tools to associate these drafts with the working group, even though
   the filename identifies them as the work of individuals.

   The working group can choose to apply any of its normal, internal
   working group process management mechanisms to an individual I-D.
   However, matters of ownership, working group final approval, and the
   like are all subject to negotiation amongst the document authors,
   working group, and Area Directors.

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   This is a rare situation, and Working Group Chairs can be assured
   that the Area Directors will want to understand why the document
   could not be adopted and owned by the working group.

5.2.  WG Drafts Can Become Individual Drafts

   A working group is not obligated to retain documents it has adopted.
   Sometimes working group efforts conclude that a draft is no longer
   appropriate for working group effort.  If a working group drops a
   draft, then anyone is permitted to pursue it as an Individual or
   Independent Submission, subject to the document's existing copyright

5.3.  Competing Drafts

   Engineering for interesting topics often produces competing,
   interesting proposals.  The reasons can be technical aesthetics,
   engineering trade-offs, architectural differences, company economics,
   and the like.  Although it is far more comfortable to entertain only
   one proposal, a working group is free to pursue more than one.  Often
   this is necessary until a clear preference develops.  Sometimes,
   multiple versions are formally published, absent consensus among the

   It is appealing to ask authors of competing proposals to find a way
   to merge their work.  Where it makes sense to do this, it can produce
   a single, strong specification.  The detailed discussions to merge
   are often better held in a design team than amidst the dynamics of an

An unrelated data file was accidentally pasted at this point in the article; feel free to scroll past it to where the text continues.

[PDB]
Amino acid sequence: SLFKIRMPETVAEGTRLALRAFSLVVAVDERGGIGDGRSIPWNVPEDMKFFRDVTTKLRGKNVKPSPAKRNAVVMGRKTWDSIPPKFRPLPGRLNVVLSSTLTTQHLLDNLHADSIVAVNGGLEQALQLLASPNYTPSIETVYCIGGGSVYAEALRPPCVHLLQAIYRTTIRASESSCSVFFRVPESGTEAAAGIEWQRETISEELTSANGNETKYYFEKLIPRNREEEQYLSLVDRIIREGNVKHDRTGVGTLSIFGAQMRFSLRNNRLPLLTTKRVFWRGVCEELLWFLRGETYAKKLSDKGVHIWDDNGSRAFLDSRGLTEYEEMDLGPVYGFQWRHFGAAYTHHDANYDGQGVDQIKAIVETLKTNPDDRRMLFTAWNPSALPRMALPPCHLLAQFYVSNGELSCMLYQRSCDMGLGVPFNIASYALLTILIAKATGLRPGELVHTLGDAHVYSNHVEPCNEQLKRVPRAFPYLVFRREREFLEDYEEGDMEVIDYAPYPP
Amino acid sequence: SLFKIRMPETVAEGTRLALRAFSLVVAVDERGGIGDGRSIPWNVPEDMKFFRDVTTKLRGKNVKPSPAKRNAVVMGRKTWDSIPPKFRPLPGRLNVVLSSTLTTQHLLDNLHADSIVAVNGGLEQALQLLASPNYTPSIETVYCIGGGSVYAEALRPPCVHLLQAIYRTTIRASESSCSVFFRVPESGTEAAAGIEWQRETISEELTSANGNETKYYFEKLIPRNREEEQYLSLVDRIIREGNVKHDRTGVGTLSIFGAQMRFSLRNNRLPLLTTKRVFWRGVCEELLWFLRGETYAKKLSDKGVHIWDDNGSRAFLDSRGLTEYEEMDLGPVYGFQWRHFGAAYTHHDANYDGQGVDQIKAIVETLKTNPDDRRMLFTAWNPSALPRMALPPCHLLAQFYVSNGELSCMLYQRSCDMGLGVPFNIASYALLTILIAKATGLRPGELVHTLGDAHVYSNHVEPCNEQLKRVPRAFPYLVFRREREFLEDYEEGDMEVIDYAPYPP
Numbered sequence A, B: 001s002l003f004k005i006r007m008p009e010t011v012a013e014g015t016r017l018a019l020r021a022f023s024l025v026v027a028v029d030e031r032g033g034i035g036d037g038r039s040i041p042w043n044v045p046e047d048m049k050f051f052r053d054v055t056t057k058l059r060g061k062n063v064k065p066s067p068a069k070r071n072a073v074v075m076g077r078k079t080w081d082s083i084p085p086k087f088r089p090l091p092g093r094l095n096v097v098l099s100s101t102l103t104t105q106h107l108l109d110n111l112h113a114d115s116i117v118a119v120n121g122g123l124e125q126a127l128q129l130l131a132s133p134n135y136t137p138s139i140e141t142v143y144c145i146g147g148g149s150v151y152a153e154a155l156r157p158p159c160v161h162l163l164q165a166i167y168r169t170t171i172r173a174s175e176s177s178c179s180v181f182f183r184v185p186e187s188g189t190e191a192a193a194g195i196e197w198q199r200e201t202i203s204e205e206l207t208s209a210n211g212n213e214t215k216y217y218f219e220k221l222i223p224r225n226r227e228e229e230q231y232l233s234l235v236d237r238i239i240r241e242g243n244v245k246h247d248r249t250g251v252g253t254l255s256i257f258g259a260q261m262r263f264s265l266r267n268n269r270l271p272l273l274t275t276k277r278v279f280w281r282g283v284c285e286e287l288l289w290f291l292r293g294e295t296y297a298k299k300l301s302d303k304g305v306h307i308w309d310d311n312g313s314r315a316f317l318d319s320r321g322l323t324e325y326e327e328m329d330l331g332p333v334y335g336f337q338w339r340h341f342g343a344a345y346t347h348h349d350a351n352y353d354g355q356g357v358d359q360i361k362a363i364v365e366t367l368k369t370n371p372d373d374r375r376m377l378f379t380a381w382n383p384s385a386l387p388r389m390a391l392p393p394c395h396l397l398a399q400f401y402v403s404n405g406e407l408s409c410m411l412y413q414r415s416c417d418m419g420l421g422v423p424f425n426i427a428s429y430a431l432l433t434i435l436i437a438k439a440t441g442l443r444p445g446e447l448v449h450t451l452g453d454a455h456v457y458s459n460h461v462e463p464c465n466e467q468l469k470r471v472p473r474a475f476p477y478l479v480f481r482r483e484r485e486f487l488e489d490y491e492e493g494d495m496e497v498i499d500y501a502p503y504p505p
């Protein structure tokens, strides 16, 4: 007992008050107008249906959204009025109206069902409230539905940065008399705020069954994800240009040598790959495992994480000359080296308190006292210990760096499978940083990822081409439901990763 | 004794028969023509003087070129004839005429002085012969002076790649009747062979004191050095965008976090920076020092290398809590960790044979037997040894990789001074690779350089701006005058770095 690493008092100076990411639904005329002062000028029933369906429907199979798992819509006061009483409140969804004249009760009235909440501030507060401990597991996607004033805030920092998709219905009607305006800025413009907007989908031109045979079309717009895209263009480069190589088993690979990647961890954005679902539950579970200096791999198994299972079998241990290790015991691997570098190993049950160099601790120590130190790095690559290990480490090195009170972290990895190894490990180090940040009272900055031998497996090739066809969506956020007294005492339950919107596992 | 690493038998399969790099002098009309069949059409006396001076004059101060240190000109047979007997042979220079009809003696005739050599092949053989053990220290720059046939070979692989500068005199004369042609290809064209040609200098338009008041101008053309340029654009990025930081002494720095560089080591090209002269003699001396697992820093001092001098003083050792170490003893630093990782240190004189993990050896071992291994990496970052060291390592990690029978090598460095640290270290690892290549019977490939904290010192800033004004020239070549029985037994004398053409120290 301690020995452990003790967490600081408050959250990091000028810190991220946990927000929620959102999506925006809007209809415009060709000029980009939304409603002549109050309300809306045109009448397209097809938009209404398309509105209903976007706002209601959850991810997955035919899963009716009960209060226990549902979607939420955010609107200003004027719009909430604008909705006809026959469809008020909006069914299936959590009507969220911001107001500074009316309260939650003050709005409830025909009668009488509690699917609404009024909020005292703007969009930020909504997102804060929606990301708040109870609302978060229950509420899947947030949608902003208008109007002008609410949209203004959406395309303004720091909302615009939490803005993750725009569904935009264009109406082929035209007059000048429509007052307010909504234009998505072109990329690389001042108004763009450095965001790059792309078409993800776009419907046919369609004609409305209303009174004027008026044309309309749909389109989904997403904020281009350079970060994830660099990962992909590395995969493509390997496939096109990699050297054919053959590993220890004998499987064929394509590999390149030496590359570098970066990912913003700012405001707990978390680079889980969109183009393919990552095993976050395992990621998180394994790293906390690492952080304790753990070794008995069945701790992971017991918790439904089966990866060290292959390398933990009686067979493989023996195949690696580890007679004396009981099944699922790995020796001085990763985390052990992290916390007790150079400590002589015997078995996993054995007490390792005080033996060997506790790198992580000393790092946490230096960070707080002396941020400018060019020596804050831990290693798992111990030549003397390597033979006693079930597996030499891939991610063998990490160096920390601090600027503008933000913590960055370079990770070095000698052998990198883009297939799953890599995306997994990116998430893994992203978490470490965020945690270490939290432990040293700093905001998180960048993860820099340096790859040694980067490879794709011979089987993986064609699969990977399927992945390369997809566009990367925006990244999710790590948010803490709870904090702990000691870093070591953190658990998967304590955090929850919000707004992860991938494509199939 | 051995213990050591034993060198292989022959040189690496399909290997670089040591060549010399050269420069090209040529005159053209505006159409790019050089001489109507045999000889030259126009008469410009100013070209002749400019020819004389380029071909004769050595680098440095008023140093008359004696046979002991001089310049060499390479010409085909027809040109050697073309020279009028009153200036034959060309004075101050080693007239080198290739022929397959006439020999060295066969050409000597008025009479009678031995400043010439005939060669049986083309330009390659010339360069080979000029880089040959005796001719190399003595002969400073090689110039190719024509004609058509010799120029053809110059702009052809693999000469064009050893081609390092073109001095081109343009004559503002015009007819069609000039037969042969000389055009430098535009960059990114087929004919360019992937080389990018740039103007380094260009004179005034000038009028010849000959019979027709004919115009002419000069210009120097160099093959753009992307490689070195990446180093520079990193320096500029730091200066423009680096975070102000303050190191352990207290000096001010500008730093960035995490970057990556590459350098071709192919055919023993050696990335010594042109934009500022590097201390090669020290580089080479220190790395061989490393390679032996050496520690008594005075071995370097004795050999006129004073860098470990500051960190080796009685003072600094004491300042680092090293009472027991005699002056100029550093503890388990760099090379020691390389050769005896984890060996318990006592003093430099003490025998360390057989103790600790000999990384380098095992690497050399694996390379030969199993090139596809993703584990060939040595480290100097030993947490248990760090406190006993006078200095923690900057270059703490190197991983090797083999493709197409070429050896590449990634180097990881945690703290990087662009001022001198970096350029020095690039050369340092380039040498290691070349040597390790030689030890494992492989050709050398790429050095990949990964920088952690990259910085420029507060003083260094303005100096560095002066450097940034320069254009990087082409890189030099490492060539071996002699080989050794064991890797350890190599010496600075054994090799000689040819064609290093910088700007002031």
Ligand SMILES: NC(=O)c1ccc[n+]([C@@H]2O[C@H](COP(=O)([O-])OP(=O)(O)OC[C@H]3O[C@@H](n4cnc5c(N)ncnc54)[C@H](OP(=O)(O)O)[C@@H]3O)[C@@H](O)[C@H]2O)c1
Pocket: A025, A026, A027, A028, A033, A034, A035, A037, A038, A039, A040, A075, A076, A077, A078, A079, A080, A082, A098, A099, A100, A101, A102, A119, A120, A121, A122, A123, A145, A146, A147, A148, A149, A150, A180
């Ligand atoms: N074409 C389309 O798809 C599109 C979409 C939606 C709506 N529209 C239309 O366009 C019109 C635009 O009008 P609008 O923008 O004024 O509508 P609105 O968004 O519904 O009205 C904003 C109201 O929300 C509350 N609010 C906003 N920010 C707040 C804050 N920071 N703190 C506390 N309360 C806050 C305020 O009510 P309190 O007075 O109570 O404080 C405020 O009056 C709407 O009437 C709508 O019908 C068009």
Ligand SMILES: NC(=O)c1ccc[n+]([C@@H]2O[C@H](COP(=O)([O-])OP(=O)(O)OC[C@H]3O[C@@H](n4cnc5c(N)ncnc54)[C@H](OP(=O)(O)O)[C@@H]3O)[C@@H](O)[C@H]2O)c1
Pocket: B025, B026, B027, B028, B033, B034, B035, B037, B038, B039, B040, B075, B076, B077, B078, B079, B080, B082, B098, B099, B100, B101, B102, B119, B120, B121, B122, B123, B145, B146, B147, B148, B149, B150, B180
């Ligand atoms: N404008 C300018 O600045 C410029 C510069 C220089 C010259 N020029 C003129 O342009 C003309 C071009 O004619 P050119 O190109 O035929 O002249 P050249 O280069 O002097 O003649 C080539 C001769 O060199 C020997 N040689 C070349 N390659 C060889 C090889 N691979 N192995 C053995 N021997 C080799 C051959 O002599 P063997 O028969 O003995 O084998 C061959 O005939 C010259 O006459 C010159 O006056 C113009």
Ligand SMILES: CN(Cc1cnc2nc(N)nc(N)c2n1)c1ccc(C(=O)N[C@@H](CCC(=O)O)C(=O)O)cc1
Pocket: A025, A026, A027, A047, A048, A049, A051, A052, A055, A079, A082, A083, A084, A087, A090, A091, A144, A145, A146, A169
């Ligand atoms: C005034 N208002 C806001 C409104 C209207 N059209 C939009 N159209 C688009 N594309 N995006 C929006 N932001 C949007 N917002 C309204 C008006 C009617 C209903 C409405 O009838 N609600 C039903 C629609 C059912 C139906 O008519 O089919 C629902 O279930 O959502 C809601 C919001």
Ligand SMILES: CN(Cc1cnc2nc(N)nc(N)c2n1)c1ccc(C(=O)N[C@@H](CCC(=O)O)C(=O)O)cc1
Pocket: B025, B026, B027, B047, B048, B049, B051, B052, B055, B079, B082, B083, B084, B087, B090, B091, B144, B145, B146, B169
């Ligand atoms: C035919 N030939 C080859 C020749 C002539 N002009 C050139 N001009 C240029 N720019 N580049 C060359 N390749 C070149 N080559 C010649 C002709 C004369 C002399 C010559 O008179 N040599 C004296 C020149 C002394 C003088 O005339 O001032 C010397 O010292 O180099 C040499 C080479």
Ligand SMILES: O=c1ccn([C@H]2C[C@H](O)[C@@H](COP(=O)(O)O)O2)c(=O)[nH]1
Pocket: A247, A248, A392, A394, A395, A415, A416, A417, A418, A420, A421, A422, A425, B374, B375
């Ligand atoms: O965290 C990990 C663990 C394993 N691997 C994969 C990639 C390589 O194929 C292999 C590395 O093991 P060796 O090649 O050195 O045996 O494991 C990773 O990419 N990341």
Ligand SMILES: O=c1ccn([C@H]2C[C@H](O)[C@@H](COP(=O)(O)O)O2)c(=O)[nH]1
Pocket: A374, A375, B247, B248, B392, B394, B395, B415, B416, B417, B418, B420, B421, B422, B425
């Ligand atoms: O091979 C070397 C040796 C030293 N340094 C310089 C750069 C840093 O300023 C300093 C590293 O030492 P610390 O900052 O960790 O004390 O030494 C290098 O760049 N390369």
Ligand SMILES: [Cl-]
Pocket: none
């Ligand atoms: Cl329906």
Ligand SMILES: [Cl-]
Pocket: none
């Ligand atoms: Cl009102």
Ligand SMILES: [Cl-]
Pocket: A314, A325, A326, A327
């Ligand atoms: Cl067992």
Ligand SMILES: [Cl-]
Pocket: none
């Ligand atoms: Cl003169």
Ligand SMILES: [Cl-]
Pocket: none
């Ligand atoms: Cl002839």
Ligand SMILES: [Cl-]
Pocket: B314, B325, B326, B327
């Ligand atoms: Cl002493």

open working group mailing list.  The working group has ultimate
   authority over any decisions, but it is not required that it be
   involved in all the discussions.

   On the other hand, some differences cannot be resolved, and
   attempting a merge can produce a weaker result.  An example of this
   problem of conflicting design goals is discussed in [Heli-Sub],

      "Helicopters are great, and so are submarines.  The problem is
      that if you try to build one vehicle to perform two fundamentally
      different jobs, you're going to get a vehicle that does neither
      job well."

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   Various management efforts can facilitate the handling of competing
   proposals.  Some examples include:

   *  Developing a requirements document that is independent of specific
      proposals; this can highlight features that are deemed essential
      and distinguish them from features that are of secondary
      importance, and can facilitate a discussion about features without
      reference to specific proposals.

   *  Developing a comparison table of the proposals; this can aid
      understanding of their differences.

   *  Discussing the relative importance and effects of having one
      proposal, versus multiple; this can focus people's efforts at
      compromise and encourage a willingness to choose a single

   The problem of competing drafts can be particularly painful when it
   arises in either of two circumstances:

   *  If a second proposal appears as a new draft, just as the Chairs
      were ready to poll the working group on adoption of the draft
      containing the first proposal, then the authors of the first
      proposal could feel affronted.  It does not follow that the second